Waimea Canyon in Kauai, Hawaii - also called the "Grand Canyon of the Pacific".
Waimea Canyon, also known as the Grand Canyon of the Pacific, is a large canyon, approximately ten miles (16 km) long and up to 3,000 feet (900 m) deep, located on the western side of Kauaʻi in the Hawaiian Islands of the United States. Waimea is Hawaiian for "reddish water", a reference to the erosion of the canyon's red soil.
The canyon was formed by a deep incision of the Waimea River arising from the extreme rainfall on the island's central peak, Mount Waiʻaleʻale, among the wettest places on earth.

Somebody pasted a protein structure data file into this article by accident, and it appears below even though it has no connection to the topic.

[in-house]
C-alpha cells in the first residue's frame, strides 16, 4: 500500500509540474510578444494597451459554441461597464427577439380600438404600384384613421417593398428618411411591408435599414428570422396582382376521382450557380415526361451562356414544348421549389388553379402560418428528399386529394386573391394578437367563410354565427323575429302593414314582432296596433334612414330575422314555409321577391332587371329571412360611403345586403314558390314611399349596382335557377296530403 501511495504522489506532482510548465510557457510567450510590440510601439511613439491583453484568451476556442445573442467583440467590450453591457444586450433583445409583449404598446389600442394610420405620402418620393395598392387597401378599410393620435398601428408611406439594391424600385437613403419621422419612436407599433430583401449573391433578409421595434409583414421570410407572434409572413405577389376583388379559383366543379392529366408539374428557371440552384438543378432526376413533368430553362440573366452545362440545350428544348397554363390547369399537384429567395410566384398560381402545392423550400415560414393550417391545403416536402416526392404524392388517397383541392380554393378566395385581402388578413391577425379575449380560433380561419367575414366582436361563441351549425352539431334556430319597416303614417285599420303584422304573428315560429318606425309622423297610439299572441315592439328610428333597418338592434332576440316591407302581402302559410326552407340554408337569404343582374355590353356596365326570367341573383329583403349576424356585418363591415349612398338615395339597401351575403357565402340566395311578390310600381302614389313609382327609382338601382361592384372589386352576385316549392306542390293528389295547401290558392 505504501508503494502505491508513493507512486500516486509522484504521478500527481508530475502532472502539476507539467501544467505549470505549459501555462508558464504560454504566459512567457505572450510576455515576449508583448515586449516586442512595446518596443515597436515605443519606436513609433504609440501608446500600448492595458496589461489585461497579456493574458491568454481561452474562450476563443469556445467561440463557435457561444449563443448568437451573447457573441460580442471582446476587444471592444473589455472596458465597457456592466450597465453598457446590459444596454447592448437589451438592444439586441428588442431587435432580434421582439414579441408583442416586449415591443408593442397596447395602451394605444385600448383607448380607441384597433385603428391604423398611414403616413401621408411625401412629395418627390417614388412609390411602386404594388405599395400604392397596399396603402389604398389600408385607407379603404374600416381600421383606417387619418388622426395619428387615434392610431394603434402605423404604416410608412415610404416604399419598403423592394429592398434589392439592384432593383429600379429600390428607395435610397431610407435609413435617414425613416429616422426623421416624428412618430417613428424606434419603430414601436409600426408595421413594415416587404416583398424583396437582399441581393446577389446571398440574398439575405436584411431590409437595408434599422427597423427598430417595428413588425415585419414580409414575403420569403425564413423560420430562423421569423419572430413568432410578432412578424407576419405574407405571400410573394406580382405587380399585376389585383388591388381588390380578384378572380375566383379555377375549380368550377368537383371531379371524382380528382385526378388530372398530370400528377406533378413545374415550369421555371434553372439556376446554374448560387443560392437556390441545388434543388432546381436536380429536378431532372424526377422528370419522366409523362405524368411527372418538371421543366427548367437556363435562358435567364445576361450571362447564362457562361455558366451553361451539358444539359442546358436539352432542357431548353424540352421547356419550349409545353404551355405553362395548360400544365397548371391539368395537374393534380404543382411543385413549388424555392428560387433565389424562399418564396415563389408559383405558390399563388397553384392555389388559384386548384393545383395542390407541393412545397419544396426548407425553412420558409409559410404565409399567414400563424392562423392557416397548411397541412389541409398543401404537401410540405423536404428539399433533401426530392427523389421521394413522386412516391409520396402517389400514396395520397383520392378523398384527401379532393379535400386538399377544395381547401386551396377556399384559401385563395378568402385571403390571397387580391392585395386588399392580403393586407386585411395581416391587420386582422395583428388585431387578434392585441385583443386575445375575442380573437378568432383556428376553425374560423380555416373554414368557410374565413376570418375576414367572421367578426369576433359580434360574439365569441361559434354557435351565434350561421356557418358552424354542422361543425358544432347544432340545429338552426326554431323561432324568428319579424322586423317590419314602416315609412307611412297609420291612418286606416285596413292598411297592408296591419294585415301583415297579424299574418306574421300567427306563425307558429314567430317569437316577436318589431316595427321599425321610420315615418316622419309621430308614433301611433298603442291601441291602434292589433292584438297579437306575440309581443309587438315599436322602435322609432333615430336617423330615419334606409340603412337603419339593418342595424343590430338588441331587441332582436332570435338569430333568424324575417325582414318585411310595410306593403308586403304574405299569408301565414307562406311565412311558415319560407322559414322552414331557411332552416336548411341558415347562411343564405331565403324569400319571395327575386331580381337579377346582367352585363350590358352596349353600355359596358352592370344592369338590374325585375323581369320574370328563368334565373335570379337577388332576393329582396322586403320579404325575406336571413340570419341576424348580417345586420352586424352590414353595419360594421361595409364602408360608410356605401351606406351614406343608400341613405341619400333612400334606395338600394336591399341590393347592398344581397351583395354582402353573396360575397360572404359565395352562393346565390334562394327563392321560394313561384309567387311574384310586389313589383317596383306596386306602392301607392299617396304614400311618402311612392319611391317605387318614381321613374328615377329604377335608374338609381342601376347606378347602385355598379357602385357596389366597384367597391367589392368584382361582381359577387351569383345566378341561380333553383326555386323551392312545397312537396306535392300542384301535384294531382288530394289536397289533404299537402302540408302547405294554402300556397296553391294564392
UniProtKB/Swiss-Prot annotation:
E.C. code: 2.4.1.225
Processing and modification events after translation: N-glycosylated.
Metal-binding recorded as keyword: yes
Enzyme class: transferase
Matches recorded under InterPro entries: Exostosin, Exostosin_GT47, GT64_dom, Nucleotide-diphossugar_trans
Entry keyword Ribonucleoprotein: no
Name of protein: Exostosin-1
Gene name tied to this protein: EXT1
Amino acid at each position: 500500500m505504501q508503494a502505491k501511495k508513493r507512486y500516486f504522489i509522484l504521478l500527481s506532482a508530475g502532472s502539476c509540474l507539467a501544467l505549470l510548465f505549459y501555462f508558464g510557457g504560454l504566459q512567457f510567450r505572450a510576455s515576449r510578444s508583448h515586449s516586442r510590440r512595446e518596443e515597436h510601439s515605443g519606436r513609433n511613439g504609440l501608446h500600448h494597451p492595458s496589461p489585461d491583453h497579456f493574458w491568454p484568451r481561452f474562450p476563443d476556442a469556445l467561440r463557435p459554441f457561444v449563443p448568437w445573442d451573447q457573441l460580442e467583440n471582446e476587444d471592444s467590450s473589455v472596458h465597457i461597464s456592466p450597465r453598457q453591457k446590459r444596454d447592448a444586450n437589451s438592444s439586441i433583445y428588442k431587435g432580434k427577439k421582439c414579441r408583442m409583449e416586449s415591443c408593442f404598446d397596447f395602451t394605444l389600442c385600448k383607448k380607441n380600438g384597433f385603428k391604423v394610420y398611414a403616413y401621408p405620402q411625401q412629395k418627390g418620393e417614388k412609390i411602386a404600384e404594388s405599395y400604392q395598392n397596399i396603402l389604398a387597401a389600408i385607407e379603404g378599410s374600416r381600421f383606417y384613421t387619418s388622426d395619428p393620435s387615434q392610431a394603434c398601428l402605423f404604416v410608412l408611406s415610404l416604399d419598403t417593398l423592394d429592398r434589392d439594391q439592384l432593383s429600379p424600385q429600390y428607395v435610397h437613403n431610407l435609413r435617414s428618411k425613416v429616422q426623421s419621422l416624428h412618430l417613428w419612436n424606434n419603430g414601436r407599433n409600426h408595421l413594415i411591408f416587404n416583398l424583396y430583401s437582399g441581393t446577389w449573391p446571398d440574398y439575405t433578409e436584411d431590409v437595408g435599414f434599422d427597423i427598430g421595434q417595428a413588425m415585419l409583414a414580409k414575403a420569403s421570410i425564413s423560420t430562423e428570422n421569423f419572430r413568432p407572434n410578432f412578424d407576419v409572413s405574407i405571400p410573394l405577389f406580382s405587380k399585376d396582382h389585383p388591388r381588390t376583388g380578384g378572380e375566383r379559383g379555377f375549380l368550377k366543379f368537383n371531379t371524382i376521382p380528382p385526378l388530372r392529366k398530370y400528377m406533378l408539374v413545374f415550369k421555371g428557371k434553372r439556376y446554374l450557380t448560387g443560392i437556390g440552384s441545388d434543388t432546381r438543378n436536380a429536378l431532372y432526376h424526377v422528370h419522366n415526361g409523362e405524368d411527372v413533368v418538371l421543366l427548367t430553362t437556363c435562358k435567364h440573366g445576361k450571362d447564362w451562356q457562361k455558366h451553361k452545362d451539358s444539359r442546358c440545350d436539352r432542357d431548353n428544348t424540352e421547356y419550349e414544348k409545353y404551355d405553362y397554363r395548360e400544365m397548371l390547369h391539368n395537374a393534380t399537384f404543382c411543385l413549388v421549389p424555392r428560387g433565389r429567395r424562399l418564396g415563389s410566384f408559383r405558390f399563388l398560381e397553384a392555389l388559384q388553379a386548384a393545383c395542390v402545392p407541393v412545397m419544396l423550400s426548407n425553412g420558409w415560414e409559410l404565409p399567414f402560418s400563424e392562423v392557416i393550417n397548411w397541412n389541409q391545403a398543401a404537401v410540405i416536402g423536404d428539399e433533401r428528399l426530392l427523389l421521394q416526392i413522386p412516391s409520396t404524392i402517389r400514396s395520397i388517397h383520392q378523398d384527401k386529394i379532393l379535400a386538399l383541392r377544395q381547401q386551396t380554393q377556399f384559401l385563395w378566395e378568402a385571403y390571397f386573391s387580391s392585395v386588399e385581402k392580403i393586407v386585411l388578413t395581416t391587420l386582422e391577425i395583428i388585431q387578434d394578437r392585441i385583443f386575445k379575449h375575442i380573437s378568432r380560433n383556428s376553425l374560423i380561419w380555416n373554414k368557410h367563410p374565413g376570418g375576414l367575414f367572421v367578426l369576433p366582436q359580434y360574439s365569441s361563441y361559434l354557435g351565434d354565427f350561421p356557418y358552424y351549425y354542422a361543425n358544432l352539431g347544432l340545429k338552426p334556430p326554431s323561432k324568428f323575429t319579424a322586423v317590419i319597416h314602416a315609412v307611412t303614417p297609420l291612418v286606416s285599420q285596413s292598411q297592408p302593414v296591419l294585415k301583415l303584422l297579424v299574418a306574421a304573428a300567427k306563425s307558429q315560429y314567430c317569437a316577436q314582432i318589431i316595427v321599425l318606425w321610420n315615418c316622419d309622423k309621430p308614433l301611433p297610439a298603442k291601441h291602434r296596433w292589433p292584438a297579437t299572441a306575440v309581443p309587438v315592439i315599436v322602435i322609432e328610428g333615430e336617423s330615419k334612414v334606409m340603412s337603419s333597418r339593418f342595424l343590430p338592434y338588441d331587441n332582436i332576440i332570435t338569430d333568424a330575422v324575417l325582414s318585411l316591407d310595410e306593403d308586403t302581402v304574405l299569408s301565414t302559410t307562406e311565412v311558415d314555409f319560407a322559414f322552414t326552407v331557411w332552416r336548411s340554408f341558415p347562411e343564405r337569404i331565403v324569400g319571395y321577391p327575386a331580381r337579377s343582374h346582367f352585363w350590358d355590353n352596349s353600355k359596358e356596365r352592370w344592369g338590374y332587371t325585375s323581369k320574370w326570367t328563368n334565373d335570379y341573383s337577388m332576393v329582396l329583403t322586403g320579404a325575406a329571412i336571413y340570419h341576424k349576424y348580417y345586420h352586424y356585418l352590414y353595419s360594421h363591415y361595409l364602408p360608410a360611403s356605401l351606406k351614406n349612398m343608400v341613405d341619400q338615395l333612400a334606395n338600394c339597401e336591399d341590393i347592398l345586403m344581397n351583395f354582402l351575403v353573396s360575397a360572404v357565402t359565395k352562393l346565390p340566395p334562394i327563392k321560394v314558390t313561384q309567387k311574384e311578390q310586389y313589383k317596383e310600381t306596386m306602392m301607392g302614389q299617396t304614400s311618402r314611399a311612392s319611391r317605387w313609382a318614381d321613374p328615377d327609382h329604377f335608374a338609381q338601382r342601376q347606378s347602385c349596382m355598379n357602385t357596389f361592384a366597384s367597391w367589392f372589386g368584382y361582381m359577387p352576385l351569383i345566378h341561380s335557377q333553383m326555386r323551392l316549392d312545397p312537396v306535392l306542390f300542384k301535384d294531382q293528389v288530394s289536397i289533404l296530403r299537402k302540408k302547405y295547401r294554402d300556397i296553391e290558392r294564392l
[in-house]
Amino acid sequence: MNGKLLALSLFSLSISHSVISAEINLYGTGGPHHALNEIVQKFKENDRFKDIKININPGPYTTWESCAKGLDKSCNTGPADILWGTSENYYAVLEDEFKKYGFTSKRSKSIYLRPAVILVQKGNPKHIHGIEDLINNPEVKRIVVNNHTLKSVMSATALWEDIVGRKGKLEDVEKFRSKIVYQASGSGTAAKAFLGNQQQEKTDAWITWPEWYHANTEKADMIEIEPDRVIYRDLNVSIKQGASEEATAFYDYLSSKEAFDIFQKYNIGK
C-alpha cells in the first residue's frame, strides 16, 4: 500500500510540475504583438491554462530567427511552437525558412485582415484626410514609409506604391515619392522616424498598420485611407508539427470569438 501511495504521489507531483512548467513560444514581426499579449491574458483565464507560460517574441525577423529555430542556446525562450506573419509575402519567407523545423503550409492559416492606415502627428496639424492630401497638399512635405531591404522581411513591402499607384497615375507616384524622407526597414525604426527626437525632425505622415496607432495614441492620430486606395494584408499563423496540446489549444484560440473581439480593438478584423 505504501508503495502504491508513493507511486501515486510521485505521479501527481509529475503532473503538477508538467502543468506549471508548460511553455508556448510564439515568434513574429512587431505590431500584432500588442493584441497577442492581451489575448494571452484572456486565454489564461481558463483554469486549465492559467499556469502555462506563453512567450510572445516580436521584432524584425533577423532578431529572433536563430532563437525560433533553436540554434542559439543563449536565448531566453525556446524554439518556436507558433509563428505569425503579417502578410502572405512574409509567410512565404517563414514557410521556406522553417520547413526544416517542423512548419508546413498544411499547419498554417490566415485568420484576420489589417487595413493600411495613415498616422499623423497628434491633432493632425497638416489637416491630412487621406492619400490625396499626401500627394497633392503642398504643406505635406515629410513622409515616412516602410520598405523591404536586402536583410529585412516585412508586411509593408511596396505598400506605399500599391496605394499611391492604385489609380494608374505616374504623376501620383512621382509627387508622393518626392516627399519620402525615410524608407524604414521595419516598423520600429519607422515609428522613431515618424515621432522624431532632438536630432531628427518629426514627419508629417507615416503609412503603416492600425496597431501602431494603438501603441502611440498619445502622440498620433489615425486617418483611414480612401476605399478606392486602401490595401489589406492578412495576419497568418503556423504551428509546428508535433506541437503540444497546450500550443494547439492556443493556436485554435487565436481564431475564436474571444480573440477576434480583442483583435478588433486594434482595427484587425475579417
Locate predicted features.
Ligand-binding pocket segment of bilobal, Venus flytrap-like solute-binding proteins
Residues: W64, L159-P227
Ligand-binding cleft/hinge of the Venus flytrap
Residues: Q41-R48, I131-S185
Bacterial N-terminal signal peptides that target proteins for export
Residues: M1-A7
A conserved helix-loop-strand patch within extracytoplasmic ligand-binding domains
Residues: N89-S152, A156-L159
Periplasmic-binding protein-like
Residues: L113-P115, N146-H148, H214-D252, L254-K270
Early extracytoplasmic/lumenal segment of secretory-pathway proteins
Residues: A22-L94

Geologically the canyon is carved into the tholeiitic and post-shield calc-alkaline lavas of the canyon basalt. The lavas of the canyon provide evidence for massive faulting and collapse in the early history of the island. The west side of the canyon is all thin, west-dipping lavas of the Napali Member, while the east side is very thick, flat-lying lavas of the Olokele and...